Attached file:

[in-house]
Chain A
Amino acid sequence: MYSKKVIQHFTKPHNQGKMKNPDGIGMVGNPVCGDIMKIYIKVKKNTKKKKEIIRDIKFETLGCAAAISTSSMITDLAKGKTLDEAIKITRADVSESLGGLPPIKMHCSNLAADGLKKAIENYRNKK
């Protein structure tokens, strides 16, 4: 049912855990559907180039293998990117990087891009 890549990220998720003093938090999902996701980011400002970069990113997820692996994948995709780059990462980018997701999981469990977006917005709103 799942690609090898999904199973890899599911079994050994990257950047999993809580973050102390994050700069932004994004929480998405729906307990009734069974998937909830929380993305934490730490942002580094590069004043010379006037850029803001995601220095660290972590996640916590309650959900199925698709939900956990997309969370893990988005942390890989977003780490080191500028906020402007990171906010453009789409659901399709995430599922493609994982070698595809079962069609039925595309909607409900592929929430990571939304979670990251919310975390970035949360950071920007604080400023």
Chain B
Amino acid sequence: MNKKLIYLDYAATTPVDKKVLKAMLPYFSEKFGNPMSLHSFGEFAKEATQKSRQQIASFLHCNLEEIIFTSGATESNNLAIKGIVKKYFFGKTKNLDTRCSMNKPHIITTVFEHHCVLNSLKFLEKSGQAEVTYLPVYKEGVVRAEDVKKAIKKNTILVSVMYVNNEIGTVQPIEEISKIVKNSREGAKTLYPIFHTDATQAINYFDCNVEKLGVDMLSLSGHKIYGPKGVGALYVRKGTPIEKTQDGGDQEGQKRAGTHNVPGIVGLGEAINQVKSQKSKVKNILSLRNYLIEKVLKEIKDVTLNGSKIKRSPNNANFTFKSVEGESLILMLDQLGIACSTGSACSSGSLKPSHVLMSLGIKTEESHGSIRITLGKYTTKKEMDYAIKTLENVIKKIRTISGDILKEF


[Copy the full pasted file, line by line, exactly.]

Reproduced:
[in-house]
Chain A
Amino acid sequence: MYSKKVIQHFTKPHNQGKMKNPDGIGMVGNPVCGDIMKIYIKVKKNTKKKKEIIRDIKFETLGCAAAISTSSMITDLAKGKTLDEAIKITRADVSESLGGLPPIKMHCSNLAADGLKKAIENYRNKK
């Protein structure tokens, strides 16, 4: 049912855990559907180039293998990117990087891009 890549990220998720003093938090999902996701980011400002970069990113997820692996994948995709780059990462980018997701999981469990977006917005709103 799942690609090898999904199973890899599911079994050994990257950047999993809580973050102390994050700069932004994004929480998405729906307990009734069974998937909830929380993305934490730490942002580094590069004043010379006037850029803001995601220095660290972590996640916590309650959900199925698709939900956990997309969370893990988005942390890989977003780490080191500028906020402007990171906010453009789409659901399709995430599922493609994982070698595809079962069609039925595309909607409900592929929430990571939304979670990251919310975390970035949360950071920007604080400023």
Chain B
Amino acid sequence: MNKKLIYLDYAATTPVDKKVLKAMLPYFSEKFGNPMSLHSFGEFAKEATQKSRQQIASFLHCNLEEIIFTSGATESNNLAIKGIVKKYFFGKTKNLDTRCSMNKPHIITTVFEHHCVLNSLKFLEKSGQAEVTYLPVYKEGVVRAEDVKKAIKKNTILVSVMYVNNEIGTVQPIEEISKIVKNSREGAKTLYPIFHTDATQAINYFDCNVEKLGVDMLSLSGHKIYGPKGVGALYVRKGTPIEKTQDGGDQEGQKRAGTHNVPGIVGLGEAINQVKSQKSKVKNILSLRNYLIEKVLKEIKDVTLNGSKIKRSPNNANFTFKSVEGESLILMLDQLGIACSTGSACSSGSLKPSHVLMSLGIKTEESHGSIRITLGKYTTKKEMDYAIKTLENVIKKIRTISGDILKEF